Working a ski season in Whistler
I remember overhearing a conversation between a colleague of mine at Canski, the ski shop where I worked for most of the year that I spent in Whistler, and a customer (a Brit I think) who was on holiday; the customer was asking him what it was like to live in a ski resort like Whistler and my friend’s reply was something simple but to the point, like ‘it’s pretty sweet, if you ever have a year or two to spare I would definitely recommend staying for while’, and I remember completely agreeing with him and being so pleased I was there. Living in Whistler as a seasonaire is like living in a bubble, the real world is going on around you, but you’re only partly aware of it. It pretty much is a year long holiday…
In my final year of university I got in touch with BUNAC to arrange my Canadian student working visa, and a few months later headed out, like so many Brits, Aussies, Kiwis and other young care-free people from around the globe to Whistler, famous for it’s fantastic terrain, deep powder and fun night life.
I’d always planned to do a ski season after uni and there was never any question about the destination. In my opinion Whistler is a fantastically organised resort with one company running the majority of facilities, and it was through the Whistle-Blackcomb job fair (held in October every year) that I found myself working for Canski and living in the staff accommodation right on the piste, ski pass in hand. Days were spent up on the mountain before skiing down to work for the afternoon/evening shift and then maybe a few beers in the Longhorn or Buffalow Bills Saloon. Not only did I have an absolutely awesome time skiing, but I met some truly amazing people, many of whom I’m still close contact with even though they live hundreds of miles away.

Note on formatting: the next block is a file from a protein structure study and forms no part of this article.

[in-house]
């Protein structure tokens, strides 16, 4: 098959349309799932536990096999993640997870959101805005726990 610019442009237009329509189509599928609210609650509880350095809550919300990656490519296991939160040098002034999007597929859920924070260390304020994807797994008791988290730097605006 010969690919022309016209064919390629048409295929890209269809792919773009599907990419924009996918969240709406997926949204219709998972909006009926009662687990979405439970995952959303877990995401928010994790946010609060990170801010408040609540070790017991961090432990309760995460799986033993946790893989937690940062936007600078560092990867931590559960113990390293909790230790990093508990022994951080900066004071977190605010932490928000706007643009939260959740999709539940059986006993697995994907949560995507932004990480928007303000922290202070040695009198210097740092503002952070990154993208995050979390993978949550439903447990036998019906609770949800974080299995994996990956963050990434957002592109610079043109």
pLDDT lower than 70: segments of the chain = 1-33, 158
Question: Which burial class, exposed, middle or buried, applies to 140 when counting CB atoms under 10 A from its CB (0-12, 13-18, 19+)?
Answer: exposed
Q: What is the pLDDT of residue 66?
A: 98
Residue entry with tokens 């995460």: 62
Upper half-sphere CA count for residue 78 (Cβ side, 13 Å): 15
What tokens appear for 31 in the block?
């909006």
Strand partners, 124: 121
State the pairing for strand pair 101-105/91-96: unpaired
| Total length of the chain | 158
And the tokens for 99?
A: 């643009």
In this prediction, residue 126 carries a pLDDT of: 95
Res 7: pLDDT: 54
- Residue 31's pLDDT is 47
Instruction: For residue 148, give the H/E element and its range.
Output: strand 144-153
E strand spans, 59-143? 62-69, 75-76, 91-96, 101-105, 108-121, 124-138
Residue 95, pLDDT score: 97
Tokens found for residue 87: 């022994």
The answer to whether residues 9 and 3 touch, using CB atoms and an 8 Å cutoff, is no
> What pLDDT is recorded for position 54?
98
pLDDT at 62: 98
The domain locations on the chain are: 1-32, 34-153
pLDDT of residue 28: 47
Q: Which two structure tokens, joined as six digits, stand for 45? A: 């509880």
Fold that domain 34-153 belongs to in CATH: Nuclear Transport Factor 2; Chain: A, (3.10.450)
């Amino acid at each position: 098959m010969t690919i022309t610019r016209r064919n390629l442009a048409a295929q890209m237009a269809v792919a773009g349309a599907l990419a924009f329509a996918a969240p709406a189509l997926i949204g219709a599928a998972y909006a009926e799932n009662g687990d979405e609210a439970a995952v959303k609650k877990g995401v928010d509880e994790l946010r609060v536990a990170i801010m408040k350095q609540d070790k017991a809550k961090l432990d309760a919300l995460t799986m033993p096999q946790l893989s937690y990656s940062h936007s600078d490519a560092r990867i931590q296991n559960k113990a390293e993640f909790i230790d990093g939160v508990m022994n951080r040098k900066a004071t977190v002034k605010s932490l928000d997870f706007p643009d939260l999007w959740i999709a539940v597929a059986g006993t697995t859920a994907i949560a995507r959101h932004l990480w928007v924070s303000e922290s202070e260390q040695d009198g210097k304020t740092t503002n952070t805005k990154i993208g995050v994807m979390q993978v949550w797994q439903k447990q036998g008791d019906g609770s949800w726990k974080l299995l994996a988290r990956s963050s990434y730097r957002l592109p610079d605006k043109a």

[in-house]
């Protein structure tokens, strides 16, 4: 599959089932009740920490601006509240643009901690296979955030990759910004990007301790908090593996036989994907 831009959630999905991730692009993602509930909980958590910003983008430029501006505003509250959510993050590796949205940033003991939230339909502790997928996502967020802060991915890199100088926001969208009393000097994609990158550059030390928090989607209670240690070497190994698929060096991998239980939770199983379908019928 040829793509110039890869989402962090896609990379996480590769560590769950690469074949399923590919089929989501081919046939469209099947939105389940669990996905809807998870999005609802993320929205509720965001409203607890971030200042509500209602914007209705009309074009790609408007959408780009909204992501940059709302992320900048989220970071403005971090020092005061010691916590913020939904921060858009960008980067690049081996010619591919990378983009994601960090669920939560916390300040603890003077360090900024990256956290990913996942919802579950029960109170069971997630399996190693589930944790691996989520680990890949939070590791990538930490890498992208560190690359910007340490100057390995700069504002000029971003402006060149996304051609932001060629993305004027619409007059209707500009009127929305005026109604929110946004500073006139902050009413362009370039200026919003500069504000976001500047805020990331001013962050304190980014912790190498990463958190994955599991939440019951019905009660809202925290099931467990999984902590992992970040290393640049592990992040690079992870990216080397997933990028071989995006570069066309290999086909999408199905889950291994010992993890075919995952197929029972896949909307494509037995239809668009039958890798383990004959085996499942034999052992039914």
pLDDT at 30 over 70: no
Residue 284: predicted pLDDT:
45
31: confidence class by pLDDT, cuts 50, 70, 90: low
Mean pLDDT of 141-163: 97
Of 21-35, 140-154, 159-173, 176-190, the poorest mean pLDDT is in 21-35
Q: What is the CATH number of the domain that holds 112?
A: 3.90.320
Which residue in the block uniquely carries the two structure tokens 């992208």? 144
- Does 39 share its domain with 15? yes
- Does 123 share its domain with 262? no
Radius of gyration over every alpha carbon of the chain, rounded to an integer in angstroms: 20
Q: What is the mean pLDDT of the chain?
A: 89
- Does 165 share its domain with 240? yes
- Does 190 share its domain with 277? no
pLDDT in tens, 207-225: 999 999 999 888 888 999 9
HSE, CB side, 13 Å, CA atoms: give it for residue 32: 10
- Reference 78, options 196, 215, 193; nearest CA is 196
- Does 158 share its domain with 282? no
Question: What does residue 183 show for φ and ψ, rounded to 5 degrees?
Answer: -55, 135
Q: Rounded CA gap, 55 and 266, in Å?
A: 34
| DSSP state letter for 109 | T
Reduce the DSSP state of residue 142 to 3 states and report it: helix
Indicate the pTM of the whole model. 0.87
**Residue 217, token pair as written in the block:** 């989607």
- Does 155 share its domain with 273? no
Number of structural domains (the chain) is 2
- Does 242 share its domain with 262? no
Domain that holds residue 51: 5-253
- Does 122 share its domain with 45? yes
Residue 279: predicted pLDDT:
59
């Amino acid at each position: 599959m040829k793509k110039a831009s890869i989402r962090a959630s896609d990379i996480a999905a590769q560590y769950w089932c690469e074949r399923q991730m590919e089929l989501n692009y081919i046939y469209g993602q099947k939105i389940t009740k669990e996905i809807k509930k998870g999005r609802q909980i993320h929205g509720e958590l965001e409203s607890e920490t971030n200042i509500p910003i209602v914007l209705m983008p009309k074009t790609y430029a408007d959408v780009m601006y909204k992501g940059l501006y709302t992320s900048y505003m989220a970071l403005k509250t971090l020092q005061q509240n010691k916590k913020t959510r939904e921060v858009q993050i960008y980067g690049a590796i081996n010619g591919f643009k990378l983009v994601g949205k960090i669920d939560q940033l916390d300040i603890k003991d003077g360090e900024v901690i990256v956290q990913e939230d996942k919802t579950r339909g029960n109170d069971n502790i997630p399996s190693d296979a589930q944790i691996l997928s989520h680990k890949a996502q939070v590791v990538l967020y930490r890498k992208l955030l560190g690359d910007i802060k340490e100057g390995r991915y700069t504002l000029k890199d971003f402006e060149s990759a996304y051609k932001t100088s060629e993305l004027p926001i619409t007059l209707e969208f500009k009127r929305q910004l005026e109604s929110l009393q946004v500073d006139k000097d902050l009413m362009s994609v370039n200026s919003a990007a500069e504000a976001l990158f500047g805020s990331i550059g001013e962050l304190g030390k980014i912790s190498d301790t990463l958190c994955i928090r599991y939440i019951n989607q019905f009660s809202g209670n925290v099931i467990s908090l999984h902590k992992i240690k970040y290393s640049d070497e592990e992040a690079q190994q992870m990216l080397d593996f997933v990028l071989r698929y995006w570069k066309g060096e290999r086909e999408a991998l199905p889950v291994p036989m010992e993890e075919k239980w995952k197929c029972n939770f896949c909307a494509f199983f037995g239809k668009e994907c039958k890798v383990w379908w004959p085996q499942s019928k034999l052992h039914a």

Although the population of Whistler is transient, with people leaving and arriving all the time, there is still a real sense of community, one that I definitely felt a part of. It was partly because of that sense of community that I decided to stay for the summer season too, as well as to experience the mountain biking, hiking, ATV & hummer rides, not to mention the lazy summer afternoon lake-side barbeques! Whistler may be most famous for the snow, but in my opinion the summer season is just as much fun. When the following October came round I was certainly very sad to leave and I have always said if I could have stayed, I would have.
So, if you have a year to spare and fancy a bit of hedonism, get in touch with BUNAC and think Whistler!